The Life of Jesus of Nazareth eBook

Rush Rhees
This eBook from the Gutenberg Project consists of approximately 308 pages of information about The Life of Jesus of Nazareth.
them to watch with him, for his soul was exceeding sorrowful.  In contrast with this disappointment stands the joy with which Jesus heard from Peter the confession which proved that the falling off of popular enthusiasm had not shaken the loyalty of his chosen companions,—­“Blessed art thou, Simon Bar-Jonah:  for flesh and blood have not revealed it unto thee, but my Father which is in heaven” (Matt. xvi. 17).  There is the sorrow of loneliness as well as rebuke in his complaint, “O faithless generation, how long shall I be with you? how long shall I bear with you?” (Mark ix. 19), and the lamentation over Jerusalem comes from a longing heart (Luke xiii. 34).

229.  The independence of human sympathy which Jesus often showed is all the more glorious for the evidence the gospels give of his longing for it.  When he put the question to the twelve, “Would ye also go away?” (John vi. 67), there is no hint in his manner that their defection with the rest would turn him at all from faithfully fulfilling the task appointed to him by his Father.  In fact only now and then did he allow his own hunger to appear.  Ordinarily he showed himself as the friend longing to help, but not seeking ministry from others; he rather sought to win his disciples to unselfishness by showing as well as saying that he came not to be ministered unto but to minister.  He washed the feet of his disciples to rebuke their petty jealousies, but we have no hint that he showed that he felt personal neglect.  His own heart was full of “sorrow even unto death,” but his word was, “Let not your heart be troubled;” he asked in vain for the sympathy of his nearest friends in Gethsemane, yet when the band came to arrest him he pleaded, “Let these, the disciples, go their way.”


The Teacher with Authority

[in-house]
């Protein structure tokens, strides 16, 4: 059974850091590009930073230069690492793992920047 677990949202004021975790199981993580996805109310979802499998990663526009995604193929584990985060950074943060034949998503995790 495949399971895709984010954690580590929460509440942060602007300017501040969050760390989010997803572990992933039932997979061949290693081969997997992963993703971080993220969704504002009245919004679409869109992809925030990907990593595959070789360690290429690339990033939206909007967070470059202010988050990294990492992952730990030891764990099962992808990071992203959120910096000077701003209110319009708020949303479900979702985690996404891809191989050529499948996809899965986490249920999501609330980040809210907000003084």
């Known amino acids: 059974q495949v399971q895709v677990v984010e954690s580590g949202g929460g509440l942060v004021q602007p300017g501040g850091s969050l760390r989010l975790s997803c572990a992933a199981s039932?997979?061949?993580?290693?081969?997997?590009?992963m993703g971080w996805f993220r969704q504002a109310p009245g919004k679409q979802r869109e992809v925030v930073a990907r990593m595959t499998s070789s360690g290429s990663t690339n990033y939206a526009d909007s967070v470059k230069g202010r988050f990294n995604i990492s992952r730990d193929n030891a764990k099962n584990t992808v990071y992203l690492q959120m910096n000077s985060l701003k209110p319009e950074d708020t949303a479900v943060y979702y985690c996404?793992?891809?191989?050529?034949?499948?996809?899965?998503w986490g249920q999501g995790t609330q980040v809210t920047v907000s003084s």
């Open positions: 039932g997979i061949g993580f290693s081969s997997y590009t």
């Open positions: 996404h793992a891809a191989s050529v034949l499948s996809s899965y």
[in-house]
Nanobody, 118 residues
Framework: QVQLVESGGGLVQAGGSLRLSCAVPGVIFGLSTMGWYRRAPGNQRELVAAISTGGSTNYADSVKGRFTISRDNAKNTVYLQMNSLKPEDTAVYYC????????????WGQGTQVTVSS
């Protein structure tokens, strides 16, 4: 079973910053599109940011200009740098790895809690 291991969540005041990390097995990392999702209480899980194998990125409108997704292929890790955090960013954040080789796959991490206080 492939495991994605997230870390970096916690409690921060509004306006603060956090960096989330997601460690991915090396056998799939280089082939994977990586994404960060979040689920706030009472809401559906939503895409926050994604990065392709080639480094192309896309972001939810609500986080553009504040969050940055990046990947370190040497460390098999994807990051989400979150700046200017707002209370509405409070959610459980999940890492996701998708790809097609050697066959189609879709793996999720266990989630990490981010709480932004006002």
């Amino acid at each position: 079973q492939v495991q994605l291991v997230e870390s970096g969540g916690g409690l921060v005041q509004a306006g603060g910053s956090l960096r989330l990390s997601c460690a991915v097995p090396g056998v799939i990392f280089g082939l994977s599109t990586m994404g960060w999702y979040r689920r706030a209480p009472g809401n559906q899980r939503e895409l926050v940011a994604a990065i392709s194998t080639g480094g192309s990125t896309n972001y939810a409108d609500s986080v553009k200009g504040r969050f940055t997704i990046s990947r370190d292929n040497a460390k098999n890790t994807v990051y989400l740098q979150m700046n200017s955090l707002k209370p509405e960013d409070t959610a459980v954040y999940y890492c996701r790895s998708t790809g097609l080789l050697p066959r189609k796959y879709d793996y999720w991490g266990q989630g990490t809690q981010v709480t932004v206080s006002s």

230.  To his contemporaries Jesus was primarily a teacher.  The name by which he is oftenest named in the gospels is Teacher,—­translated Master in the English versions and the equivalent of Rabbi in the language used by Jesus (John i. 38).  People thought of him as a rabbi approved of God by his power to work miracles (John iii. 2), but it was not the miracles that most impressed them.  The popular comment was, “He taught them as one having authority, and not as the scribes” (Matt. vii. 29).  Two leading characteristics of the scribes were their pride of learning, and their bondage to tradition.  In fact the learning of which they were proud was knowledge of the body of tradition on whose sanctity they insisted; their teaching was scholastic and pedantic, an endless citing of precedents and discussion of trifles.  To all this Jesus presented a refreshing contrast.  In commending truth to the people, he was content with a simple “verily,” and in defining duty he rested on his unsupported “I say unto you,” even when his dictum stood opposed to that which had been said to them of old time.

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The Life of Jesus of Nazareth from Project Gutenberg. Public domain.
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